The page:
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81.

Suresh select * from emp e where 5>(select count(*) from emp where sal>e.sal) order by sal desc;

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82.

Display the name of those employees who are getting highest salary. select empno,ename,sal from emp where sal=(select max(sal) from emp); Display those employees whose salary is equal to average of maximum and minimum. select * from emp where sal=(select (max(sal)+min(sal))/2 from emp); Display count of employees in each department where count greater than 3. select deptno, count(*) from emp group by deptno having count(*)>3; Display dname where at least 3 are working and display only dname. select dname from dept where deptno in (select deptno from emp group by deptno having count(*)>3); Display name of those managers name whose salary is more than average salary of company. select ename, sal from emp where empno in(select mgr from emp) and sal > (select avg(sal) from emp); Display those managers name whose salary is more than an average salary of his employees. select ename, sal from emp e where empno in(select mgr from emp) and e.sal>(select avg(sal) from emp where mgr=e.empno); Find out the last 5(least) earner of the company? select * from emp e where 5>(select count(*) from emp where sal<e.sal) order by sal; Find out the number of employees whose salary is greater than there manager salary? select count(*) from emp e where sal>(select sal from emp where empno=e.mgr); Display those manager who are not working under president but they are working under any other manager? select * from emp e where mgr in(select empno from emp where ename<>'KING');

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84. 85.

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91.

Delete those department where no employee working? delete from dept d where 0=(select count(*) from emp where deptno=d.deptno); Delete those records from EMP table whose deptno not available in dept table?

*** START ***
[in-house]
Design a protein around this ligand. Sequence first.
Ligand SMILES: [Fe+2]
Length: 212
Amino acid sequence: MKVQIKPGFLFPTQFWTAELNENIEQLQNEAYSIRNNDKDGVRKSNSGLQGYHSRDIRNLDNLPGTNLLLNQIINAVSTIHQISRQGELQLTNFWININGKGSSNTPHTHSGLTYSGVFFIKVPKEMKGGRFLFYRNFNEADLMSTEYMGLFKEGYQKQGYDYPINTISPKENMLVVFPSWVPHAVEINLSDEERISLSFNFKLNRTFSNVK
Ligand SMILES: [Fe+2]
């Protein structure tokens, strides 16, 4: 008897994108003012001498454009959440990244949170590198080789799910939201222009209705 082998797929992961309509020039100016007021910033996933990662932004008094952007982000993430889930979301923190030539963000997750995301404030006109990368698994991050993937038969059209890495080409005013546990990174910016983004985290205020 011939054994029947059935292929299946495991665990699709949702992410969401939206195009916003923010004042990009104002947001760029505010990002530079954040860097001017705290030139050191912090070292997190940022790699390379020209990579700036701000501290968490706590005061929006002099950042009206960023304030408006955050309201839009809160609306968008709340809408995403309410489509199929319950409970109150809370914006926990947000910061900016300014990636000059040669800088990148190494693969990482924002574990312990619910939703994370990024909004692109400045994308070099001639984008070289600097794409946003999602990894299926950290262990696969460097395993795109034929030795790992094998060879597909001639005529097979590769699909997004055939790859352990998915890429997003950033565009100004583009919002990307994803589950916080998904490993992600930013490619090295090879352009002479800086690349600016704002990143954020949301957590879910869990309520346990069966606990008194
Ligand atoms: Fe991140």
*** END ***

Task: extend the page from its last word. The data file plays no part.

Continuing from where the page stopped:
92.

Suresh delete from emp where deptno not in(select deptno from dept); 93. Display those earners whose salary is out of the grade available in Sal grade table? select * from emp where sal<(select min(losal) from salgrade) or sal>(select max(hisal) from salgrade);

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94.

Display employee name, Sal, comm. and whose net pay is greater than any other in the company? Select ename, sal, comm from emp where sal+sal*15/100-sal*5/100 +sal*10/100 = (select max(sal+sal*15/100-sal*5/100+sal*10/100) from emp); Display those employees who are working in sales or research? select * from emp where deptno in(select deptno from dept where dname in('SALES','RESEARCH')); Display the grade of Jones? select grade from salgrade where losal<=(select(sal) from emp where ename='JONES') and hisal>=(select(sal) from emp where ename='JONES'); Delete those records where no of employee in a particular department is less than 3? delete from emp where deptno in(select deptno from emp group by deptno having count(*)>3); Display the department name the no of characters of which is equal to no of employees in any other department? Select dname from dept where len (dname) in (select count(*) from emp group by deptno); Display those employees who are working as manager? select * from emp where empno in(select mgr from emp);

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100. Count the no of employees who are working as manager (use set operation)?
select count(*) from emp where empno in(select mgr from emp); 101. Display the name of then dept those employees who joined the company on the same date? select empno,ename,hiredate,deptno from emp e where hiredate in (select hiredate from emp where empno<>e.empno); 102. Display the manager who is having maximum number of employees working under him? Select mgr from emp group by mgr having count(*)=(select max(count(mgr)) from emp group by mgr); 103. Produce the output of the EMP table EMPLOYEE_AND_JOB for ename and job? select * from EMPLOYEE_AND_JOB;

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104. Print the details of all the employees who are sub ordinate to Blake.
Select * from emp where mgr=(select empno from emp where ename='BLAKE');

105. Display those who working as manager using co related sub query.
Select * from emp where empno in(select mgr from emp);

106. Display those employees whose manger name is Jones and also with his

manager name. Select * from emp where mgr=(select empno from emp where ename='JONES') union select * from emp where empno=(select mgr from emp where ename='JONES');

107. Find out how many mangers are there with out listing them.
Select count (*) from EMP where empno in (select mgr from EMP);

108. Check whether all employees number are indeed unique.


select count(empno),count(distinct(empno)) from emp having count(empno)=(count(distinct(empno)));

109. List out the lowest paid employees working for each manager, exclude any

groups where min sal is less than 1000 sort the output by sal. select e.ename,e.mgr,e.sal from emp e where sal in(select min(sal) from emp where mgr=e.mgr) and e.sal>1000 order by sal;

110. find out the all employees who joined the company before their manager.

Select * from emp e where hiredate<(select hiredate from emp where empno=e.mgr);